responsibilities and typically include legislative affairs and public affairs officers in the line agencies. In an earlier decision, the White House had dropped its use of the White House Personal Data Statement, a questionnaire which greatly increased unnecessarily duplicative inquiry. "On appointments, a common flashpoint in gridlock politics, both these steps represented good faith attempts to find a common ground," Sullivan commented, "In Washington and on appointments, it's not just sharks and jets any more."
Having passed in the House in July 2012, the President signed the bill August 10. The Senate bill also initiated a review of the inquiry process, long called for by a number of commissions and supported by WHTP. The review included consolidating nominee information and outlining a plan for developing a "Smart Form" modelled
on WHTP's Nomination Forms Online, software developed for the 2000-2001 transition. "We are particularly pleased with this last part of the bill," reported Terry
Sullivan, director of the WHTP NFO program, "as it takes significant steps to improve the inquiry process along the lines WHTP has advocated for more
than a decade."
The report from the President's working group underscores the need for a "common core" of questions, a process to easily transfer this common core from the Executive to the Senate and a process to adapt current electronic information gathering to facilitate a "smart form" approach to inquiry. The report now goes to the Senate. In May, the Working Group issues a final report on a detailed plan for implementing its smart form approach.
Access WHTP's report on
rationalizing inquiry and other reports in the Institutional Anatomy Series on this site by clicking here.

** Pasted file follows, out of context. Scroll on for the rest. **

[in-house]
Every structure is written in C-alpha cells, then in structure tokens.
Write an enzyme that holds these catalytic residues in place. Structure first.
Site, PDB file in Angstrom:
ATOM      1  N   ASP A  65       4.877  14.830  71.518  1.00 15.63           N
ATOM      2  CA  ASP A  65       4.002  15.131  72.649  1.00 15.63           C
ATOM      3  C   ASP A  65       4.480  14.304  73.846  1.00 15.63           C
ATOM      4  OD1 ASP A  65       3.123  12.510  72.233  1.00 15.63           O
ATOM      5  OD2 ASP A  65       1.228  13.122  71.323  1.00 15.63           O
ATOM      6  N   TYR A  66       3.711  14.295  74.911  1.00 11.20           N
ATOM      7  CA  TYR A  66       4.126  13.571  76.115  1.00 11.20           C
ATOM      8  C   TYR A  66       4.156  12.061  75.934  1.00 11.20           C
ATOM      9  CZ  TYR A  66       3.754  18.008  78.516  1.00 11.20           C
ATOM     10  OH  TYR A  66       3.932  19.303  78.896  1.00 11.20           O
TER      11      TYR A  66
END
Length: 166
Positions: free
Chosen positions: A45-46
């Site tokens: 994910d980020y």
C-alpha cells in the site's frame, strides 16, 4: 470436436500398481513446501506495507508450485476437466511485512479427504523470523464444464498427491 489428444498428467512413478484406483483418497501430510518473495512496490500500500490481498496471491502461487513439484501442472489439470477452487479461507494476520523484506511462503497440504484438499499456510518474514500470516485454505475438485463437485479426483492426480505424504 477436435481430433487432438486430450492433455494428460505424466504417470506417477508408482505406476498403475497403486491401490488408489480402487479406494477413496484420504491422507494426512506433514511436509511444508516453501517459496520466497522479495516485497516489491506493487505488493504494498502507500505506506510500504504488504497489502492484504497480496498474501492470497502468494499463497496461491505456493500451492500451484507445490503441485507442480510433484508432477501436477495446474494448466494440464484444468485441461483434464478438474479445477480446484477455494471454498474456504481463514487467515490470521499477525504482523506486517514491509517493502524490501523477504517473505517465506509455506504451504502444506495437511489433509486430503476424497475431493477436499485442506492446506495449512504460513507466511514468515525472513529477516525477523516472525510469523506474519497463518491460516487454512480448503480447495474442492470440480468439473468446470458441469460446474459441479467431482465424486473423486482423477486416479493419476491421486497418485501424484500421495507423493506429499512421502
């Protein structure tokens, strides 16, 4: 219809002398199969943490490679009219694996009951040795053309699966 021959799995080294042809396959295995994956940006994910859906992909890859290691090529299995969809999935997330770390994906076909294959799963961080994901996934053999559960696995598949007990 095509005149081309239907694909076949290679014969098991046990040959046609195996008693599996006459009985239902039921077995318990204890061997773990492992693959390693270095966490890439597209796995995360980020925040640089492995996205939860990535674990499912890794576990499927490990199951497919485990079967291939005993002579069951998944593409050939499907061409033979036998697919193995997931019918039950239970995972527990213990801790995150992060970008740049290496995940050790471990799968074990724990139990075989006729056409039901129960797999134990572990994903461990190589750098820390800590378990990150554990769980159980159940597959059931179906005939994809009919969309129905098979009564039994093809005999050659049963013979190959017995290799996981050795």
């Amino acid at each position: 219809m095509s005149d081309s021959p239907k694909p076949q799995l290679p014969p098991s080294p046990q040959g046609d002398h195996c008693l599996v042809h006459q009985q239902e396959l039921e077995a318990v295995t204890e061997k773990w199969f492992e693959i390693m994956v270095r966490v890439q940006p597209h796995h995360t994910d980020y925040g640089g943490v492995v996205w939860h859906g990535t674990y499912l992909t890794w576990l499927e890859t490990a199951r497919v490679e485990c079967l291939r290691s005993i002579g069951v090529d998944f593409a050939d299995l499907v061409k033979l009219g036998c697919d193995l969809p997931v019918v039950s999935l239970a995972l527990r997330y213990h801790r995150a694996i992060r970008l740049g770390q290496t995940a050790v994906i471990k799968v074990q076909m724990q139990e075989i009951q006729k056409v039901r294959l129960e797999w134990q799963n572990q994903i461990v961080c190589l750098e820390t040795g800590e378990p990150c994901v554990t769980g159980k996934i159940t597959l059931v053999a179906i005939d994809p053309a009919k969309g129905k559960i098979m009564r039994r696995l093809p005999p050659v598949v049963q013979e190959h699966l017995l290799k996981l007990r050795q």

A News Service of WHTP
A new WHTP study uses WHTP's data on presidential nominations for the last three presidencies during their first year, tracking the differences in how long it takes the Senate to make a decision. The study distinguishes between two groups identified by the National Commission on Reform of the Federal Appointments Process: nominations for "time sensitive" positions (gold trend) or those for not time sensitive (red). The former positions include national security and other sensitive management and policy making positions in the US Executive.
Basic findings, illustrated in the graph above by looking at the trendlines: the longer the administration takes to nominate someone, the longer it takes the Senate to reach a decision. That result suggests that time sensitive appointments would profit from a strategy of "front loading:" issuing a considerably larger number of nominations during the first 100 days should generate a 30% improvement in Senate processing. In addition to the efficiency improvement, this strategy suggests a reasonable first step in substituting "efficiency" for partisanship, polarization, and rancor in the appointments process.